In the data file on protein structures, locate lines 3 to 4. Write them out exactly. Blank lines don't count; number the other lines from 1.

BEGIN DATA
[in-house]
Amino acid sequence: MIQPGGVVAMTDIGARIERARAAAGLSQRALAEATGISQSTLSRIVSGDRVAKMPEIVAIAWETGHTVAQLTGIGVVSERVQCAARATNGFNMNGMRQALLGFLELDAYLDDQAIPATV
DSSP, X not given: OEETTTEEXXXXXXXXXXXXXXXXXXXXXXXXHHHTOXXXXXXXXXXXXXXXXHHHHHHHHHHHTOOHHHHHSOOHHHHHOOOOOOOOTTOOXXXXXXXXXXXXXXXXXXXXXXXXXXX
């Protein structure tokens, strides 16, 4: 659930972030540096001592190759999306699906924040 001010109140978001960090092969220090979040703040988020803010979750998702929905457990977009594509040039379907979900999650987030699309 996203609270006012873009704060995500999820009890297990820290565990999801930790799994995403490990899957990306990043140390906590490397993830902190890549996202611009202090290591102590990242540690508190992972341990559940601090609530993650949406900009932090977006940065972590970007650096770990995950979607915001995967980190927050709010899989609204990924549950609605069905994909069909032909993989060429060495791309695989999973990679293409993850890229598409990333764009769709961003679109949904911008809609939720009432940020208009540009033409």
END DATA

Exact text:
DSSP, X not given: OEETTTEEXXXXXXXXXXXXXXXXXXXXXXXXHHHTOXXXXXXXXXXXXXXXXHHHHHHHHHHHTOOHHHHHSOOHHHHHOOOOOOOOTTOOXXXXXXXXXXXXXXXXXXXXXXXXXXX
């Protein structure tokens, strides 16, 4: 659930972030540096001592190759999306699906924040 001010109140978001960090092969220090979040703040988020803010979750998702929905457990977009594509040039379907979900999650987030699309 996203609270006012873009704060995500999820009890297990820290565990999801930790799994995403490990899957990306990043140390906590490397993830902190890549996202611009202090290591102590990242540690508190992972341990559940601090609530993650949406900009932090977006940065972590970007650096770990995950979607915001995967980190927050709010899989609204990924549950609605069905994909069909032909993989060429060495791309695989999973990679293409993850890229598409990333764009769709961003679109949904911008809609939720009432940020208009540009033409």